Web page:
The Dark Knight Weeps

I don't know what to say, but I want to say something.

I was at work yesterday when I nipped quickly onto BBC News and discovered that a gunman had opened fire in a Colorado movie theater during a midnight screening of The Dark Knight Rises. It was like being punched in the stomach… later we learned 12 people were dead and dozens more injured.

I sat at my desk and forced myself not to cry as I read the details. Those around me expressed horror too.

Except that this felt different. Why? Two things. The attack took place in a cinema. A cinema, the place of dreams, hopes, wonder and beauty.

Also you know, this was a midnight screening of the new Batman picture. Do you know who goes to a midnight screening of a comic book movie? Geeks. Fandomers. Us, in other words. Friendslist, it was us in that theatre. We all know very well the excitement of a midnight opening. How many of us have done it? Or the queues for Harry Potter midnight openings at bookstores? The jubilation of being first yes, but mostly the quivering excitement of the wait being over. We've been waiting for DKR for years. I'm super-excited and I'm not even in Batman fandom. I'm going to a breakfast screening tomorrow morning.

But those midnight screenings are part of fandom community too. Even in a cinemaful of strangers a person is amongst pals. We're all there because we have to be there now, first, with no more waiting! It's that beautiful feeling of not being the freak in the room, the geek in the room, the oddball in the room because we are all freaks, geeks and oddballs. I don't know exactly who was in that movie theatre, but it was a midnight screening of Dark Knight Rises: I can establish some notions. Are we surprised that a blogger was killed? No. Saddened, yes, but not surprised.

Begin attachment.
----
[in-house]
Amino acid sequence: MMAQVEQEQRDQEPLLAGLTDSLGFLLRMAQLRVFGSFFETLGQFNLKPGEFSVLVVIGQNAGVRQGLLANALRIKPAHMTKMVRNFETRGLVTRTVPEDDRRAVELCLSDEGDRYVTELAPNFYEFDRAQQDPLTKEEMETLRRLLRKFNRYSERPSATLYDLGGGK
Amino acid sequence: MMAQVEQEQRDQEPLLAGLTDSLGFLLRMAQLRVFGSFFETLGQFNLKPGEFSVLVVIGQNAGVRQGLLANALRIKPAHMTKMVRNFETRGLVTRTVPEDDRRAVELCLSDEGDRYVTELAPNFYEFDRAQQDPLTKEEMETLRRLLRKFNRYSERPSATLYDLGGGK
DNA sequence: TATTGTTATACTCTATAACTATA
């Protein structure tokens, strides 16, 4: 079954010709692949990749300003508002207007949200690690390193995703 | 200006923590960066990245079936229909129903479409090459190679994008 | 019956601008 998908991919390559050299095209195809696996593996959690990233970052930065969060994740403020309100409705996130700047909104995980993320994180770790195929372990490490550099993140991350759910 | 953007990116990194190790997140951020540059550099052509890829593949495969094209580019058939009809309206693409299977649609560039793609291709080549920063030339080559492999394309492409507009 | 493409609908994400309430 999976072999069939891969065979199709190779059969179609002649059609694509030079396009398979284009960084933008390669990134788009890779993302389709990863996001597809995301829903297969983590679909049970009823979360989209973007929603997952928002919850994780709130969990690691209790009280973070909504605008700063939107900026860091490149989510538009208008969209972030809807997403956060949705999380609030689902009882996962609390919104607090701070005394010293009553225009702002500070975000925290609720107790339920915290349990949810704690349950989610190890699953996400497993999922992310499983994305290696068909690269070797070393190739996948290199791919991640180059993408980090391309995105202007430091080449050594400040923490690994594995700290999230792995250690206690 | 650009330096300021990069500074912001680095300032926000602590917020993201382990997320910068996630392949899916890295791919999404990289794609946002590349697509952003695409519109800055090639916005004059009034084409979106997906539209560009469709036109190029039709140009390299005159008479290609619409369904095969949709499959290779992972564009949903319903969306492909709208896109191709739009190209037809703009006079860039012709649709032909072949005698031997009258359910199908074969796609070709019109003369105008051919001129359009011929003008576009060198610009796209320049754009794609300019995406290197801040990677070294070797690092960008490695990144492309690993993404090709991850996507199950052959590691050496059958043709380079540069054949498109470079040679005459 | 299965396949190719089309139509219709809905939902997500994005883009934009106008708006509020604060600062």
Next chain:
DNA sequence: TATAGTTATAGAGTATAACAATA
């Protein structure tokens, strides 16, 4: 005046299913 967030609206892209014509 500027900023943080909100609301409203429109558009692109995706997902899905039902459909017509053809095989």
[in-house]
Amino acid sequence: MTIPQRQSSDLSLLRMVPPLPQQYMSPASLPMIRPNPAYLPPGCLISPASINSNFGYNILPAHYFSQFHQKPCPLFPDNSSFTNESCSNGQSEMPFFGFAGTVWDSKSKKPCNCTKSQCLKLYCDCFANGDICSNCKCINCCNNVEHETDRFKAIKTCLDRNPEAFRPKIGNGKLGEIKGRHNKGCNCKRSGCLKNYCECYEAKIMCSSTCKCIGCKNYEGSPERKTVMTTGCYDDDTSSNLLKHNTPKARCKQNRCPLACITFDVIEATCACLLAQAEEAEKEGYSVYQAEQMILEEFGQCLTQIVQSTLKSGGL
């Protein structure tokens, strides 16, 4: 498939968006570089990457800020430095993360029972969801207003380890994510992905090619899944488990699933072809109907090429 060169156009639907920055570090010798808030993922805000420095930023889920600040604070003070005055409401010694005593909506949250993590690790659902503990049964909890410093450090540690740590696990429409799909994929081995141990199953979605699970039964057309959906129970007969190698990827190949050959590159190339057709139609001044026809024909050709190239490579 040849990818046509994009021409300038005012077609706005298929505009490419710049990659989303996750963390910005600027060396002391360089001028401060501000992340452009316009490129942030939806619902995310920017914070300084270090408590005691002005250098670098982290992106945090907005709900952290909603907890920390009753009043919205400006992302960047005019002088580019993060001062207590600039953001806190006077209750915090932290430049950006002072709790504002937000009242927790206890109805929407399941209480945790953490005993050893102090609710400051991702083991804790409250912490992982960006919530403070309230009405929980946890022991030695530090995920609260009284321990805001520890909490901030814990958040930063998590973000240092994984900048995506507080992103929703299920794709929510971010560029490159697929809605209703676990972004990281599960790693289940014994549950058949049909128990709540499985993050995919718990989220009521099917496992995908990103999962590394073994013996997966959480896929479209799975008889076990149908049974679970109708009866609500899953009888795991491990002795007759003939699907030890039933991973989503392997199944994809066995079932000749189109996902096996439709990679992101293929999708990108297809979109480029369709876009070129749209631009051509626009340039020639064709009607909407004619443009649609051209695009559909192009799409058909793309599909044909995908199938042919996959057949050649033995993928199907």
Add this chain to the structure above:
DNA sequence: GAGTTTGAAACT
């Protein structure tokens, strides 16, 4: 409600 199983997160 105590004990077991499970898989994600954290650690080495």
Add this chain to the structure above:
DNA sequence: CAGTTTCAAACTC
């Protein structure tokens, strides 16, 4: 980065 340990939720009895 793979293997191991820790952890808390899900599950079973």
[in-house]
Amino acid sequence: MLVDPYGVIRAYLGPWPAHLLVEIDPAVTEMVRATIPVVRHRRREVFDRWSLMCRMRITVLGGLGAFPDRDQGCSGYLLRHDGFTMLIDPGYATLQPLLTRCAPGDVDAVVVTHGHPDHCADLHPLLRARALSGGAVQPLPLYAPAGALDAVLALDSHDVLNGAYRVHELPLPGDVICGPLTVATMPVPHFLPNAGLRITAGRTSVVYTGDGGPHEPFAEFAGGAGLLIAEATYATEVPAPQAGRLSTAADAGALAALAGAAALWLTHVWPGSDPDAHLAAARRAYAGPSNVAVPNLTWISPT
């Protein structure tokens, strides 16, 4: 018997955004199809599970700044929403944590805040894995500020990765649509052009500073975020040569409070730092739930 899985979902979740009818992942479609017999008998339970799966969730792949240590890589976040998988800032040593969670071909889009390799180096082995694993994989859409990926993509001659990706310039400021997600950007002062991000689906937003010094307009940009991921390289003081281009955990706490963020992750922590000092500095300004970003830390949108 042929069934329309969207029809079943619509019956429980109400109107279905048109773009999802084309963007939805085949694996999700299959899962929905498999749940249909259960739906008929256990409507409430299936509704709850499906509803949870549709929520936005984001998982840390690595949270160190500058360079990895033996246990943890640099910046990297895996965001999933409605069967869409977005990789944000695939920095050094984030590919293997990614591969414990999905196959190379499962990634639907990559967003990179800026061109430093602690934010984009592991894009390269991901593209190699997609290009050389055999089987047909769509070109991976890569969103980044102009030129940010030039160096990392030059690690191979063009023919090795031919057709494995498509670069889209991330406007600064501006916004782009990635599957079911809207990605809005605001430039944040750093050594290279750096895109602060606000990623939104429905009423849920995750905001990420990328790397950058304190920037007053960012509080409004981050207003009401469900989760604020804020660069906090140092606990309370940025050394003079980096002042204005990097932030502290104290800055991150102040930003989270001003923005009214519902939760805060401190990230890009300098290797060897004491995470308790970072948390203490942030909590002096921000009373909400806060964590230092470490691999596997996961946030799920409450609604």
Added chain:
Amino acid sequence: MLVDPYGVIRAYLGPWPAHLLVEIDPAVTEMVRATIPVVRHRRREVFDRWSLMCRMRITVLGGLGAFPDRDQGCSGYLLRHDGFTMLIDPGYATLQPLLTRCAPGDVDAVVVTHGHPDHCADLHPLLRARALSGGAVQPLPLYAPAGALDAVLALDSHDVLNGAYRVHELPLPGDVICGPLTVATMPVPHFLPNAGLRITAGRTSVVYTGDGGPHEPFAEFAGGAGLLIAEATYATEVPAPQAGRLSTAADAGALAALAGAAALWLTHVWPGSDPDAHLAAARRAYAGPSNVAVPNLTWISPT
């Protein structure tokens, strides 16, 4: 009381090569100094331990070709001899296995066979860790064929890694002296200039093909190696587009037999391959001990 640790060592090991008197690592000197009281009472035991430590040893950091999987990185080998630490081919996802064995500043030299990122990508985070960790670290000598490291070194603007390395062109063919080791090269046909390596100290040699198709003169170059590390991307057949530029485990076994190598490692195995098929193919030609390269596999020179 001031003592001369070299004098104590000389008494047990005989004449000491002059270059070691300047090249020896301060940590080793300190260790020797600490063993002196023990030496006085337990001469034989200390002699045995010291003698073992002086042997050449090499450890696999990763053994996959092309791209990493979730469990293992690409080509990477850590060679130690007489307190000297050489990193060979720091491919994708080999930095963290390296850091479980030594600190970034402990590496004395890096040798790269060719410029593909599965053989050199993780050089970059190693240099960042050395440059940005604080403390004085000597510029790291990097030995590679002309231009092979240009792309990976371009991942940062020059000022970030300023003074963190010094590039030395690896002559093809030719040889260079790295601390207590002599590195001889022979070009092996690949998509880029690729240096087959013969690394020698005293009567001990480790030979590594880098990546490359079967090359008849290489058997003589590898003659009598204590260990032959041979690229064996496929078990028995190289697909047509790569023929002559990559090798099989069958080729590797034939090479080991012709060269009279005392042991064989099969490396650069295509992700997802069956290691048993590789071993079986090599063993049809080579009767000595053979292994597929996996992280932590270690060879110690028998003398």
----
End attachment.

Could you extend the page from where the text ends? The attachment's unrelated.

This was an assault on us, friends. Whatever the reasons and causes, this was us under fire. I'm not saying that makes us special or any of us able to comment on the event with more authority than anyone else. But if you're wondering why it feels worse than other similar events, that might be why.


Movies are my refuge. I love them. They are not a simple escape from the dark bits of life, it's more complex than that, but that world constructed from celluloid and stardust is indescribably important and beautiful to me. The cinema is the cathedral of that world, a place where we fellows in movielove congregate to share the experience.

Christopher Nolan said something similar: "The movie theatre is my home, and the idea that someone would violate that innocent and hopeful place in such an unbearably savage way is devastating to me."

That cathedral has been sullied by someone who brought real blood and horror into a place where blood is corn syrup and horror is over by the time the credits roll.


I have a great deal to say about the whys/blame/whatever about this, but now isn't the time and my thoughts are not sufficiently processed.

Tomorrow I will go to see The Dark Knight Rises. I will almost certainly not be placed in the same danger as those moviegoers in Aurora, but I will think of them. I'll think of everyone who has been a victim of the violence our society values. I'll think of The Joker and what he represents in our society. I'll remember Heath then. I'll remember every great moment I spent in a cinema: from Che Part One blowing my mind; the joy of The Band Wagon and Cinderella and A Hard Day's Night on a big screen; trying not to try in front of my mum and dad as a child watching The Lion King, laughing myself hoarse during American: The Bill Hicks Story; the sight of Valentino's face 30 feet high during The Son of the Sheik, a thousand such moments and every single time a movie lifted me from the dark pit in which my mind so often found itself.